October 6, 2010 — January 2, 2011
The Chrysler Museum of Art was proud to host one of the greatest collections of English Victorian art anywhere—60 works from the celebrated Royal Holloway Collection.
Everyone loves a good story, and whether in print or on canvas, nobody could tell stories like the Victorians. This particular story started in 1879 when Thomas Holloway, a wealthy peddler of patent medicine, established in suburban London a college “to afford the best education suitable for Women of the Middle and Upper Classes.” Holloway believed an art gallery was central to this educational enterprise, and he spent more than $90 million (in today’s terms), on both the college and the collection of paintings that helped to make it world-famous.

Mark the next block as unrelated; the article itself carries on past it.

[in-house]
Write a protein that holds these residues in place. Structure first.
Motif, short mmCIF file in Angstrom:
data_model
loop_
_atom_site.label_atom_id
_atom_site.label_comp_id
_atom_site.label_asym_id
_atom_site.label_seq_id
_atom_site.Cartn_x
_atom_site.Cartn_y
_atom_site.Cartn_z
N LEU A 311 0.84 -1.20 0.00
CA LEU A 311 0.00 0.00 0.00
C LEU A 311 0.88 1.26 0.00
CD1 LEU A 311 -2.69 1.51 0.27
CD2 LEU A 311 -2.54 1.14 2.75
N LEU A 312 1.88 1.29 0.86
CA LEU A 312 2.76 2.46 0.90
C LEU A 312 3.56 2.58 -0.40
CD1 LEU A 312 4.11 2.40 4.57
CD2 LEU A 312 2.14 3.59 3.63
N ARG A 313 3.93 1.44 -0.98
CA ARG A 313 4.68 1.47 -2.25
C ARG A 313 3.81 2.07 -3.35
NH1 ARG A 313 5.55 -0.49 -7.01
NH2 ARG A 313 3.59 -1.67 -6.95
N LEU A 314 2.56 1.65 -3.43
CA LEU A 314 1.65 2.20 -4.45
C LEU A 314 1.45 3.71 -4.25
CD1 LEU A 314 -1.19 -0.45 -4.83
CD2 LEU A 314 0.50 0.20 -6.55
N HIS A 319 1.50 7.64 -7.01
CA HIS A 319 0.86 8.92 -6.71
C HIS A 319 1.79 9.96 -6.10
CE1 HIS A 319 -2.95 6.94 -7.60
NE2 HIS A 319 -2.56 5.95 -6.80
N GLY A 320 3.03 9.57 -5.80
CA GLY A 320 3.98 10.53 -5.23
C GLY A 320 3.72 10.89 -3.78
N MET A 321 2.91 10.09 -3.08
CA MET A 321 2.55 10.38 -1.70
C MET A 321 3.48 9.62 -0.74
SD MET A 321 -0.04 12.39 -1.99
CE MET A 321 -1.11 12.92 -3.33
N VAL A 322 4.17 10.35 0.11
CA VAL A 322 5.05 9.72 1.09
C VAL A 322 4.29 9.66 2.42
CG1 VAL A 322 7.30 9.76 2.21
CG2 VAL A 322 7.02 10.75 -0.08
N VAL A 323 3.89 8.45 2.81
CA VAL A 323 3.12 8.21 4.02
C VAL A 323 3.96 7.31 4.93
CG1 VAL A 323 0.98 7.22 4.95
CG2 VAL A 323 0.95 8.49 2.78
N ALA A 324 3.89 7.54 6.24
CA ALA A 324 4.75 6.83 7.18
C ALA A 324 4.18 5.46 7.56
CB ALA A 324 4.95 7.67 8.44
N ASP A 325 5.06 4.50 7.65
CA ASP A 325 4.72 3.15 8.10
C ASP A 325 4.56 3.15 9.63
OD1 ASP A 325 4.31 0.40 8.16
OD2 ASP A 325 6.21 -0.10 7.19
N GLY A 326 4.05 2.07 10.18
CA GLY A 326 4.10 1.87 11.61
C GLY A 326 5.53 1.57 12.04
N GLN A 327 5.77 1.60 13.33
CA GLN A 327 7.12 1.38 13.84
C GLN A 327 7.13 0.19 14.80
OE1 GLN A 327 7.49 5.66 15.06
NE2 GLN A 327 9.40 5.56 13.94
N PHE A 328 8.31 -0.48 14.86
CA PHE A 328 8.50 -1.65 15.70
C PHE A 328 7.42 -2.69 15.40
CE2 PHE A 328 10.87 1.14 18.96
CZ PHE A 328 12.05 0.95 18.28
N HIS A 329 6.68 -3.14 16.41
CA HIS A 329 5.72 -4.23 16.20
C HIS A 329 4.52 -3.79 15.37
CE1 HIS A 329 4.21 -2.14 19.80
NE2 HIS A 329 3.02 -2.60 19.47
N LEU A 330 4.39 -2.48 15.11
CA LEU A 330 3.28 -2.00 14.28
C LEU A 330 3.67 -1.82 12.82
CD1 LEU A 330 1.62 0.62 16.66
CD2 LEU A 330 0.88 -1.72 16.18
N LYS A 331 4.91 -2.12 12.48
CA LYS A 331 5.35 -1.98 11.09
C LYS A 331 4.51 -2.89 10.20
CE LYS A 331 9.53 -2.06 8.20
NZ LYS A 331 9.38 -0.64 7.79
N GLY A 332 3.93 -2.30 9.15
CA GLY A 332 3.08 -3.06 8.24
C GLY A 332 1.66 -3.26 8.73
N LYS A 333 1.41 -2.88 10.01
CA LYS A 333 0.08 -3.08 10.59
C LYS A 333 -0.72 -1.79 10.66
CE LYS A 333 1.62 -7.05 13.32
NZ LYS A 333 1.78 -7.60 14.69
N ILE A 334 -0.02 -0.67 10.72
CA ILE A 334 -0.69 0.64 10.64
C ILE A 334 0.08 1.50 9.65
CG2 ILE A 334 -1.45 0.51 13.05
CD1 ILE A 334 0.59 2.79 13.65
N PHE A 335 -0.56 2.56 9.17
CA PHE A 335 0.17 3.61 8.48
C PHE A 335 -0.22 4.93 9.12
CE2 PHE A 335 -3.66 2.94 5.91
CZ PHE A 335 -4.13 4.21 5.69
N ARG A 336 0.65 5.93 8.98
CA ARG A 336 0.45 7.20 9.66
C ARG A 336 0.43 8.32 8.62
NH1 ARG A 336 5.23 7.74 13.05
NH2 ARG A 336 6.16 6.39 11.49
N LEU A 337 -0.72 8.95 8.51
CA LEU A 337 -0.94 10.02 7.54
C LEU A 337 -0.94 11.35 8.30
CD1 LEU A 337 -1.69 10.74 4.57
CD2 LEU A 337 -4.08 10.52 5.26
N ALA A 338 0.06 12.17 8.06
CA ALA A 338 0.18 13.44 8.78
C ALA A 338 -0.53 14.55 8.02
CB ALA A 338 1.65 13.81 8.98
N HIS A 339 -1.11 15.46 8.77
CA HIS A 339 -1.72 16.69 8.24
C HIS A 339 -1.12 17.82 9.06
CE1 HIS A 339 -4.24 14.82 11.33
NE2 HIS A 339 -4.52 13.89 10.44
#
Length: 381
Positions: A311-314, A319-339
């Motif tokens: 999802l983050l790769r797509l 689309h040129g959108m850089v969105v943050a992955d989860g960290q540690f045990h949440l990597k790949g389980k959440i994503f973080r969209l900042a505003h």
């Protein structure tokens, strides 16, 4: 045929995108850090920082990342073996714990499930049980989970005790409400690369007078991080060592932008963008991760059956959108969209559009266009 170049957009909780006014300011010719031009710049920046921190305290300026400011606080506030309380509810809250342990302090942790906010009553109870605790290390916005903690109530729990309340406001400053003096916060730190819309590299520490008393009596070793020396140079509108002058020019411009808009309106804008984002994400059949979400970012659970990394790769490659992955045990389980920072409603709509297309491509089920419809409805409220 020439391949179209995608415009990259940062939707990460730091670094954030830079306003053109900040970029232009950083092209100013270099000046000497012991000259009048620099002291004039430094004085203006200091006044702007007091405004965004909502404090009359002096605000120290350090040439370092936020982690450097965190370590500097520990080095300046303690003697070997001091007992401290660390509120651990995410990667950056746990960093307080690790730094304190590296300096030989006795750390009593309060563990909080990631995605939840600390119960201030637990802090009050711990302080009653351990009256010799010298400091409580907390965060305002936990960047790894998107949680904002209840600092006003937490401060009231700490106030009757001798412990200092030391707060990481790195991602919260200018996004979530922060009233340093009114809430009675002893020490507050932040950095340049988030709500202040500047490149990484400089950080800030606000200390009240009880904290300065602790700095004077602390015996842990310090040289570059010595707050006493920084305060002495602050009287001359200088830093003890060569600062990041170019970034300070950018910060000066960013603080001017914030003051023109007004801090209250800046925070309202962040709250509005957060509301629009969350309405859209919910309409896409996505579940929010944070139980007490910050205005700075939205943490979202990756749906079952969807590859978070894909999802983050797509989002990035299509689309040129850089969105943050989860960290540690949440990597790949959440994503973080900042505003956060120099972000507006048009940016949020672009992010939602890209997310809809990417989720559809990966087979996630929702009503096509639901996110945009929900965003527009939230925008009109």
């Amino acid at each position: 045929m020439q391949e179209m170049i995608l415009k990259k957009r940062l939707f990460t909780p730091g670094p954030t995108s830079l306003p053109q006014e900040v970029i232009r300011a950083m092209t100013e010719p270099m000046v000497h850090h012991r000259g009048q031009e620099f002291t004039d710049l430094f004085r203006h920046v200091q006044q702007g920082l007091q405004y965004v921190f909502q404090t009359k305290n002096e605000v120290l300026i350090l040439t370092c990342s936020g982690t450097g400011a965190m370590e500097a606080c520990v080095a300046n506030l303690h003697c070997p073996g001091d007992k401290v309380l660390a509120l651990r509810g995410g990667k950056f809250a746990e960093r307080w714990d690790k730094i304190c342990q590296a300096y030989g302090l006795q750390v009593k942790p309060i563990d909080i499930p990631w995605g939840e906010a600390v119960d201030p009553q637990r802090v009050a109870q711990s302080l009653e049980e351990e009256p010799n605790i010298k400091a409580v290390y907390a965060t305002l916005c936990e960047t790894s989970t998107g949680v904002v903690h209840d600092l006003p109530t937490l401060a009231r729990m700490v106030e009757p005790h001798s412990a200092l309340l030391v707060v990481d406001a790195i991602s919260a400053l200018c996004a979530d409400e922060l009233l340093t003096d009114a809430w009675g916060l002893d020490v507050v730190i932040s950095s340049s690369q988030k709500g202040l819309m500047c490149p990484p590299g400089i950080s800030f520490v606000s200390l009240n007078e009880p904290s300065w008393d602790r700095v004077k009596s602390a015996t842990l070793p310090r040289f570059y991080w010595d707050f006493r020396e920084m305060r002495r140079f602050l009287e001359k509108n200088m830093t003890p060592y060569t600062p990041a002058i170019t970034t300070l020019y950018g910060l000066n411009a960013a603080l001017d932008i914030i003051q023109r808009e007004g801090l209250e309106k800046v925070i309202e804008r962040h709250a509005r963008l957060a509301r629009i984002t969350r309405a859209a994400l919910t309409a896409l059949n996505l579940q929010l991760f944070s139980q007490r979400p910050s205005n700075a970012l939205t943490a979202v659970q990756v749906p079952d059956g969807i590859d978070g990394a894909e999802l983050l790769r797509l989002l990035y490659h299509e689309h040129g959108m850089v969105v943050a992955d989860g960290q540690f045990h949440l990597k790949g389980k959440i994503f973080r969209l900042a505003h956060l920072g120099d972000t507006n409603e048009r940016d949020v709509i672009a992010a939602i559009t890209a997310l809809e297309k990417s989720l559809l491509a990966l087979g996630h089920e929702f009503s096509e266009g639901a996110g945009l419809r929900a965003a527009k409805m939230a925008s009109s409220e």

The result is one of the most distinguished and focused collections of English Victorian art anywhere, and it contains many of the most admired and praised works of “modern art” shown in London during the 1880s—pictures like Edwin Longsden Long’s The Babylonian Marriage Market, William Powell Frith’s The Railway Station, and Edwin Landseer’s Man Proposes, God Disposes (each more than 8 feet wide). The individual works tell engaging stories, but together, the collection provides a fascinating snapshot of the English art world at the height of the Victorian era.